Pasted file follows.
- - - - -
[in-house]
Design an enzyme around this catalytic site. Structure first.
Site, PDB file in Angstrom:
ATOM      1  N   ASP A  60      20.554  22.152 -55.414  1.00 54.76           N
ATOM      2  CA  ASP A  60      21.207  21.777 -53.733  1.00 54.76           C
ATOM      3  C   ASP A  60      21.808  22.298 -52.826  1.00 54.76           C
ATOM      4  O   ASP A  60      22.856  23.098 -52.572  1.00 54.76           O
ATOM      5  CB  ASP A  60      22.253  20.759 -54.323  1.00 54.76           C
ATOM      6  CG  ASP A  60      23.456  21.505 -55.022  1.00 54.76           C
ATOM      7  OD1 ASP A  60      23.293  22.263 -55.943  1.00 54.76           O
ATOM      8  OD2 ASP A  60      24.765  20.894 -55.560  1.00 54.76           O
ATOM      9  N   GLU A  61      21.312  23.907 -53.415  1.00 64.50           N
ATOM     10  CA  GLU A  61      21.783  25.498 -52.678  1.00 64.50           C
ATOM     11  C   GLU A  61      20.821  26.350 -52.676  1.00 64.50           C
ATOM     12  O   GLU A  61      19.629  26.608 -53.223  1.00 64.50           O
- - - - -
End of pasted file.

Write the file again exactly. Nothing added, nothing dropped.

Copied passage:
[in-house]
Design an enzyme around this catalytic site. Structure first.
Site, PDB file in Angstrom:
ATOM      1  N   ASP A  60      20.554  22.152 -55.414  1.00 54.76           N
ATOM      2  CA  ASP A  60      21.207  21.777 -53.733  1.00 54.76           C
ATOM      3  C   ASP A  60      21.808  22.298 -52.826  1.00 54.76           C
ATOM      4  O   ASP A  60      22.856  23.098 -52.572  1.00 54.76           O
ATOM      5  CB  ASP A  60      22.253  20.759 -54.323  1.00 54.76           C
ATOM      6  CG  ASP A  60      23.456  21.505 -55.022  1.00 54.76           C
ATOM      7  OD1 ASP A  60      23.293  22.263 -55.943  1.00 54.76           O
ATOM      8  OD2 ASP A  60      24.765  20.894 -55.560  1.00 54.76           O
ATOM      9  N   GLU A  61      21.312  23.907 -53.415  1.00 64.50           N
ATOM     10  CA  GLU A  61      21.783  25.498 -52.678  1.00 64.50           C
ATOM     11  C   GLU A  61      20.821  26.350 -52.676  1.00 64.50           C
ATOM     12  O   GLU A  61      19.629  26.608 -53.223  1.00 64.50           O